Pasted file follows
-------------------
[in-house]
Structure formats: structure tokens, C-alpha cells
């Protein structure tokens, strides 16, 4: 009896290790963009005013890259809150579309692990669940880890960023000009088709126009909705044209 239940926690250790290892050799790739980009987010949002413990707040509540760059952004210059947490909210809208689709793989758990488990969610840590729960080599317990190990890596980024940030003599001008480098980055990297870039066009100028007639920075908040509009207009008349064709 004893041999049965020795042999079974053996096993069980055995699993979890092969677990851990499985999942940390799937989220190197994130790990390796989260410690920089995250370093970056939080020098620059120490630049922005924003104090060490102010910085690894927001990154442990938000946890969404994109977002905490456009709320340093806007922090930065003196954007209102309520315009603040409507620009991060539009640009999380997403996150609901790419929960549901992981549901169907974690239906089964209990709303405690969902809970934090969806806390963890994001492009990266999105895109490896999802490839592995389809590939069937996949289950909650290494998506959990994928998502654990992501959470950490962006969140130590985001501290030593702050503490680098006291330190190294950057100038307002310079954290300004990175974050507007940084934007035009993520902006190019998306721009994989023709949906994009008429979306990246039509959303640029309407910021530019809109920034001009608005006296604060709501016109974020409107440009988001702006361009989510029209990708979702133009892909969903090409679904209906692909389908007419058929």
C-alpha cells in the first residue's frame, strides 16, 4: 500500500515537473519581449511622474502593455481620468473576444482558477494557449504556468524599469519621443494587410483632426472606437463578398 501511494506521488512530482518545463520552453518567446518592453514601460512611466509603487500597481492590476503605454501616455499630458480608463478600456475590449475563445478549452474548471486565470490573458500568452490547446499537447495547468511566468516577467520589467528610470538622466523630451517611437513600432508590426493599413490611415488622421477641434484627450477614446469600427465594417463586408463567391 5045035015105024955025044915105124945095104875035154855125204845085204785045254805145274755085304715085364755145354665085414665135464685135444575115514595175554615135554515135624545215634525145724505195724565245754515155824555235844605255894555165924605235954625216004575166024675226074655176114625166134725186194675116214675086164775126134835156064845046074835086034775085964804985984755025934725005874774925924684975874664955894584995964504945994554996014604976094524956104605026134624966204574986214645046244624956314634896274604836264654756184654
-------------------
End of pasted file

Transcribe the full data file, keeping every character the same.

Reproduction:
[in-house]
Structure formats: structure tokens, C-alpha cells
């Protein structure tokens, strides 16, 4: 009896290790963009005013890259809150579309692990669940880890960023000009088709126009909705044209 239940926690250790290892050799790739980009987010949002413990707040509540760059952004210059947490909210809208689709793989758990488990969610840590729960080599317990190990890596980024940030003599001008480098980055990297870039066009100028007639920075908040509009207009008349064709 004893041999049965020795042999079974053996096993069980055995699993979890092969677990851990499985999942940390799937989220190197994130790990390796989260410690920089995250370093970056939080020098620059120490630049922005924003104090060490102010910085690894927001990154442990938000946890969404994109977002905490456009709320340093806007922090930065003196954007209102309520315009603040409507620009991060539009640009999380997403996150609901790419929960549901992981549901169907974690239906089964209990709303405690969902809970934090969806806390963890994001492009990266999105895109490896999802490839592995389809590939069937996949289950909650290494998506959990994928998502654990992501959470950490962006969140130590985001501290030593702050503490680098006291330190190294950057100038307002310079954290300004990175974050507007940084934007035009993520902006190019998306721009994989023709949906994009008429979306990246039509959303640029309407910021530019809109920034001009608005006296604060709501016109974020409107440009988001702006361009989510029209990708979702133009892909969903090409679904209906692909389908007419058929």
C-alpha cells in the first residue's frame, strides 16, 4: 500500500515537473519581449511622474502593455481620468473576444482558477494557449504556468524599469519621443494587410483632426472606437463578398 501511494506521488512530482518545463520552453518567446518592453514601460512611466509603487500597481492590476503605454501616455499630458480608463478600456475590449475563445478549452474548471486565470490573458500568452490547446499537447495547468511566468516577467520589467528610470538622466523630451517611437513600432508590426493599413490611415488622421477641434484627450477614446469600427465594417463586408463567391 5045035015105024955025044915105124945095104875035154855125204845085204785045254805145274755085304715085364755145354665085414665135464685135444575115514595175554615135554515135624545215634525145724505195724565245754515155824555235844605255894555165924605235954625216004575166024675226074655176114625166134725186194675116214675086164775126134835156064845046074835086034775085964804985984755025934725005874774925924684975874664955894584995964504945994554996014604976094524956104605026134624966204574986214645046244624956314634896274604836264654756184654